By Richard Peterson
According to the Star Tribune of Minneapolis-St. Paul, the October
2006 American Prospect Magazine reports that from 1997 to 2002, Republican committee chairmen issued more than 1,000 subpoenas to the Clinton Administration and the Republican House of Representatives took 140 hours of testimony on whether Bill Clinton had abused his Christmas card list for fund-raising purposes.
By contrast, the Republican House of Representatives spent a total of
12 hours on Abu Ghraib, with one subpoena issued.
The following signs have been found in various locations all over the world, using the English language somewhat creatively:
In a cocktail lounge in Norway: LADIES ARE REQUESTED NOT TO HAVE CHILDREN IN THE BAR. (Besides the mess, it would be inconvenient for the other patrons.) At a Budapest zoo: PLEASE DO NOT FEED THE ANIMALS. IF YOU HAVE ANY SUITABLE FOOD, GIVE IT TO THE GUARD ON DUTY. (Poor thing, he can hardly make it on his meager salary.) In a doctor’s office in Rome, Italy: SPECIALIST IN WOMEN AND OTHER DISEASES. (They can be so contagious.) In a hotel in Acapulco, Mexico: THE MANAGER HAS PERSONALLY PASSED ALL THE WATER SERVED HERE. (He takes such pride in doing it.) In a booklet about using a hotel air conditioner, Japan: COOLES AND
HEATES: IF YOU WANT CONDITION OF WARM AIR IN YOUR ROOM, PLEASE CONTROL YOURSELF. (Yeah People! Get a grip.) Car rental brochure, Tokyo, Japan: WHEN PASSENGER OF FOOT HEAVE IN SIGHT, TOOTLE THE HORN. TRUMPET HIM MELODIOUSLY AT FIRST, BUT IF HE STILL OBSTACLES YOUR PASSAGE THEN TOOTLE HIM WITH VIGOUR. (I myself, love to tootle.) In a Nairobi restaurant: CUSTOMERS WHO FIND OUR WAITRESSES RUDE OUGHT TO SEE THE MANAGER. (He’s no Miss Congeniality either.) On the grounds of a private school: NO TRESPASSING WITHOUT PERMISSION. (I dare you to do it.) On an Athi River highway: TAKE NOTICE: WHEN THIS SIGN IS UNDER WATER, THIS ROAD IS IMPASSABLE. (You think?) On a poster at Kencom: ARE YOU AN ADULT THAT CANNOT READ? IF SO, WE CAN HELP. (How could you ever miss this opportunity?) In a restaurant: OPEN SEVEN DAYS A WEEK, AND WEEKENDS TOO. (Pretty much 24/9.) In a building: MENTAL HEALTH PREVENTION CENTRE. (We’ll prevent it at all costs.) A sign seen on an automatic restroom hand dryer: DO NOT ACTIVATE WITH WET HANDS. (Kind of defeating the purpose, just kind of.) In a Pumwani maternity ward: NO CHILDREN ALLOWED. (We only give birth to senior citizens.) In a cemetery: PERSONS ARE PROHIBITED FROM PICKING FLOWERS FROM ANY BUT THEIR OWN GRAVES. (Anytime? Or just for the graveyard shift?) Tokyo hotel’s rules and regulations: GUESTS ARE REQUESTED NOT TO SMOKE OR DO OTHER DISGUSTING BEHAVIOURS IN BED. (Where else can you do your disgusting behaviours?) On the menu of a Swiss restaurant: OUR WINES LEAVE YOU NOTHING TO HOPE FOR. (And that’s that!) In a Bangkok temple: IT IS FORBIDDEN TO ENTER A WOMAN EVEN A FOREIGNER IF DRESSED AS A MAN. (Ahhh! No fun at all.) Hotel room notice, Chiang-Mai, Thailand: PLEASE DO NOT BRING SOLICITORS INTO YOUR ROOM. (Is that sign for the hookers?) Hotel brochure, Italy: THIS HOTEL IS RENOWNED FOR ITS PEACE AND SOLITUDE. IN FACT, CROWDS FROM ALL OVER THE WORLD FLOCK HERE TO ENJOY ITS SOLITUDE. (The silence is deafening.) Hotel lobby, Bucharest: THE LIFT IS BEING FIXED FOR THE NEXT DAY.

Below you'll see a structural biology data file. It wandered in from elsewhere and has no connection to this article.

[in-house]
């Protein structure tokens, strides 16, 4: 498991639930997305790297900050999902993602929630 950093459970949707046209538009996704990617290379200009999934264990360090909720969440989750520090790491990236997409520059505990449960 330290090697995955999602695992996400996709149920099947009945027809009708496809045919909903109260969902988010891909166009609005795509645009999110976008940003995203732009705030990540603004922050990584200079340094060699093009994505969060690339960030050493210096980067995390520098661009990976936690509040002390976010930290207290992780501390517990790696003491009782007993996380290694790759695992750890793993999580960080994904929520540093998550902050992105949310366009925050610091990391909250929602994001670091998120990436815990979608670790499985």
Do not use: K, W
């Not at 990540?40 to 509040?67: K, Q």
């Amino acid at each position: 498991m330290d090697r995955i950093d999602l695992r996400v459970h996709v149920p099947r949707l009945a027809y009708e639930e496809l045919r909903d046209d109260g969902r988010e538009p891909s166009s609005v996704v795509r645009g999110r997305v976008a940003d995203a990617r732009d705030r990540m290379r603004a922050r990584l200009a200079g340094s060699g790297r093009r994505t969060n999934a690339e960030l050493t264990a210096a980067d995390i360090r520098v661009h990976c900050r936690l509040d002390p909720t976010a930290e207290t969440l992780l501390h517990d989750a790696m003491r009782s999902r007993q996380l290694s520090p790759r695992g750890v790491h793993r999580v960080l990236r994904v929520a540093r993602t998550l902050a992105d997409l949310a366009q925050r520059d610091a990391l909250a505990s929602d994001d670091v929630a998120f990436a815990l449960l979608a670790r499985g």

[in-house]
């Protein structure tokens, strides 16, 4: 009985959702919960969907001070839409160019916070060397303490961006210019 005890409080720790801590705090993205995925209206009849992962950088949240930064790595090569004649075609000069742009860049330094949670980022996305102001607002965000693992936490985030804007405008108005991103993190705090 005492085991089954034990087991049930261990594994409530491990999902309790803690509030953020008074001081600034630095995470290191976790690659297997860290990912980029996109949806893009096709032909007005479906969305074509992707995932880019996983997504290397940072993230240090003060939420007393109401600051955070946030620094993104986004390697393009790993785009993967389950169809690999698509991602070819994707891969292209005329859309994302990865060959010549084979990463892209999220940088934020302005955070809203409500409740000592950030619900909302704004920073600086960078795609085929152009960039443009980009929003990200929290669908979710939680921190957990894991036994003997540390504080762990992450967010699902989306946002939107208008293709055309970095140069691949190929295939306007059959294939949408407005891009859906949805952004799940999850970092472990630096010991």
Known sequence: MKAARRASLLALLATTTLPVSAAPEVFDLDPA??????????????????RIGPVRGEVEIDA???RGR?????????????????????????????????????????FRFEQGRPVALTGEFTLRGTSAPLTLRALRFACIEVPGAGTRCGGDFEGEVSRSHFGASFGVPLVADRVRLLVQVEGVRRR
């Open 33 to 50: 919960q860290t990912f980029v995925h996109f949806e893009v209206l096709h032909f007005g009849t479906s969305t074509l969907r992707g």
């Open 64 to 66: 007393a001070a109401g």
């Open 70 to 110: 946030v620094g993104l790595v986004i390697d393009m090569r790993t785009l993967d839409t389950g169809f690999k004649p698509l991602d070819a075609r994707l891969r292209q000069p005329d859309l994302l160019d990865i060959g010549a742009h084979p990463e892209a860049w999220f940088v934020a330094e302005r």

DURING THAT TIME WE REGRET THAT YOU WILL BE UNBEARABLE. (At least more than usual.) Hotel elevator, Paris: PLEASE LEAVE YOUR VALUES AT THE FRONT DESK.
(Check in, check out.)
Hotel, Yugoslavia: THE FLATTENING OF UNDERWEAR WITH PLEASURE IS THE JOB OF THE CHAMBERMAID. (She sounds so enthusiastic.) Hotel, Japan: YOU ARE INVITED TO TAKE ADVANTAGE OF THE CHAMBERMAID.
(It depends; is she cute?)
In the lobby of a Moscow hotel across from a Russian Orthodox
monastery: YOU ARE WELCOME TO VISIT THE CEMETERY WHERE FAMOUS RUSSIAN AND SOVIET COMPOSERS, ARTISTS, AND WRITERS ARE BURIED DAILY EXCEPT THURSDAY. (Gotta take a break sometime.)